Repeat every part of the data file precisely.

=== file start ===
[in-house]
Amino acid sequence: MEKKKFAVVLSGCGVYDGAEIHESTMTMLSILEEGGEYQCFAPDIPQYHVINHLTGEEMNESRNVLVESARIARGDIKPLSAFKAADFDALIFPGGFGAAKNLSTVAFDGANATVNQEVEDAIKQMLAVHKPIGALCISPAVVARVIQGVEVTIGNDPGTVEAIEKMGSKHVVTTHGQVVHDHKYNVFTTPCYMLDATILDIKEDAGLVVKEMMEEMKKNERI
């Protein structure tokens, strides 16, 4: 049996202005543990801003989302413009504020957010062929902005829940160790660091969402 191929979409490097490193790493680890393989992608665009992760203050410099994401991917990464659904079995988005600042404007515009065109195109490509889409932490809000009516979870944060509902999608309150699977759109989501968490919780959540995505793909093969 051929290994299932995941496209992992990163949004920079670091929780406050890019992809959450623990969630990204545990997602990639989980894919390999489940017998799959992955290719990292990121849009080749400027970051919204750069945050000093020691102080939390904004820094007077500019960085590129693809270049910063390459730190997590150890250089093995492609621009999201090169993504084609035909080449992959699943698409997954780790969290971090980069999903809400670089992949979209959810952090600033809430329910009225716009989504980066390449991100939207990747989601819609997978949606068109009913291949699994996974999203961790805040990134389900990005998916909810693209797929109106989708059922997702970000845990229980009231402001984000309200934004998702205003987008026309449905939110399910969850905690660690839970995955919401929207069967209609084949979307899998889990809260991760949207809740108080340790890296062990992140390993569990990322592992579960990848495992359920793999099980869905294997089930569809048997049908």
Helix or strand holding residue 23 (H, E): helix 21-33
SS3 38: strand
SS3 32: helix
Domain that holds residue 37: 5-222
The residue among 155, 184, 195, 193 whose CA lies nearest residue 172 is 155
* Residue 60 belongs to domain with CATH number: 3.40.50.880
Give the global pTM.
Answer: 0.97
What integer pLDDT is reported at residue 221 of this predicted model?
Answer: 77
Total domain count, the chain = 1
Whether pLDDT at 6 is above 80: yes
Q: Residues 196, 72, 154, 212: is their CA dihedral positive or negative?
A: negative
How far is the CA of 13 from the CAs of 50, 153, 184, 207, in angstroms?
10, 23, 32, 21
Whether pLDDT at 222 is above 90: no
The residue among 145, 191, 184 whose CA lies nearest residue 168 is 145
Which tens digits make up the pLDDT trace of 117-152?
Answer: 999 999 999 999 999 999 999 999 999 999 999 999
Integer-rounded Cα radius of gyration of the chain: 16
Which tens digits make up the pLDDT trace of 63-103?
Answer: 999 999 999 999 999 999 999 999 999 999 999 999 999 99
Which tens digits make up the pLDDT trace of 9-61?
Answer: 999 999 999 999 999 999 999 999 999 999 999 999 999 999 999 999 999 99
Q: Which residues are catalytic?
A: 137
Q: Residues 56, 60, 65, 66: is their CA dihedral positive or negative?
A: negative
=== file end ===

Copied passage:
[in-house]
Amino acid sequence: MEKKKFAVVLSGCGVYDGAEIHESTMTMLSILEEGGEYQCFAPDIPQYHVINHLTGEEMNESRNVLVESARIARGDIKPLSAFKAADFDALIFPGGFGAAKNLSTVAFDGANATVNQEVEDAIKQMLAVHKPIGALCISPAVVARVIQGVEVTIGNDPGTVEAIEKMGSKHVVTTHGQVVHDHKYNVFTTPCYMLDATILDIKEDAGLVVKEMMEEMKKNERI
């Protein structure tokens, strides 16, 4: 049996202005543990801003989302413009504020957010062929902005829940160790660091969402 191929979409490097490193790493680890393989992608665009992760203050410099994401991917990464659904079995988005600042404007515009065109195109490509889409932490809000009516979870944060509902999608309150699977759109989501968490919780959540995505793909093969 051929290994299932995941496209992992990163949004920079670091929780406050890019992809959450623990969630990204545990997602990639989980894919390999489940017998799959992955290719990292990121849009080749400027970051919204750069945050000093020691102080939390904004820094007077500019960085590129693809270049910063390459730190997590150890250089093995492609621009999201090169993504084609035909080449992959699943698409997954780790969290971090980069999903809400670089992949979209959810952090600033809430329910009225716009989504980066390449991100939207990747989601819609997978949606068109009913291949699994996974999203961790805040990134389900990005998916909810693209797929109106989708059922997702970000845990229980009231402001984000309200934004998702205003987008026309449905939110399910969850905690660690839970995955919401929207069967209609084949979307899998889990809260991760949207809740108080340790890296062990992140390993569990990322592992579960990848495992359920793999099980869905294997089930569809048997049908």
Helix or strand holding residue 23 (H, E): helix 21-33
SS3 38: strand
SS3 32: helix
Domain that holds residue 37: 5-222
The residue among 155, 184, 195, 193 whose CA lies nearest residue 172 is 155
* Residue 60 belongs to domain with CATH number: 3.40.50.880
Give the global pTM.
Answer: 0.97
What integer pLDDT is reported at residue 221 of this predicted model?
Answer: 77
Total domain count, the chain = 1
Whether pLDDT at 6 is above 80: yes
Q: Residues 196, 72, 154, 212: is their CA dihedral positive or negative?
A: negative
How far is the CA of 13 from the CAs of 50, 153, 184, 207, in angstroms?
10, 23, 32, 21
Whether pLDDT at 222 is above 90: no
The residue among 145, 191, 184 whose CA lies nearest residue 168 is 145
Which tens digits make up the pLDDT trace of 117-152?
Answer: 999 999 999 999 999 999 999 999 999 999 999 999
Integer-rounded Cα radius of gyration of the chain: 16
Which tens digits make up the pLDDT trace of 63-103?
Answer: 999 999 999 999 999 999 999 999 999 999 999 999 999 99
Which tens digits make up the pLDDT trace of 9-61?
Answer: 999 999 999 999 999 999 999 999 999 999 999 999 999 999 999 999 999 99
Q: Which residues are catalytic?
A: 137
Q: Residues 56, 60, 65, 66: is their CA dihedral positive or negative?
A: negative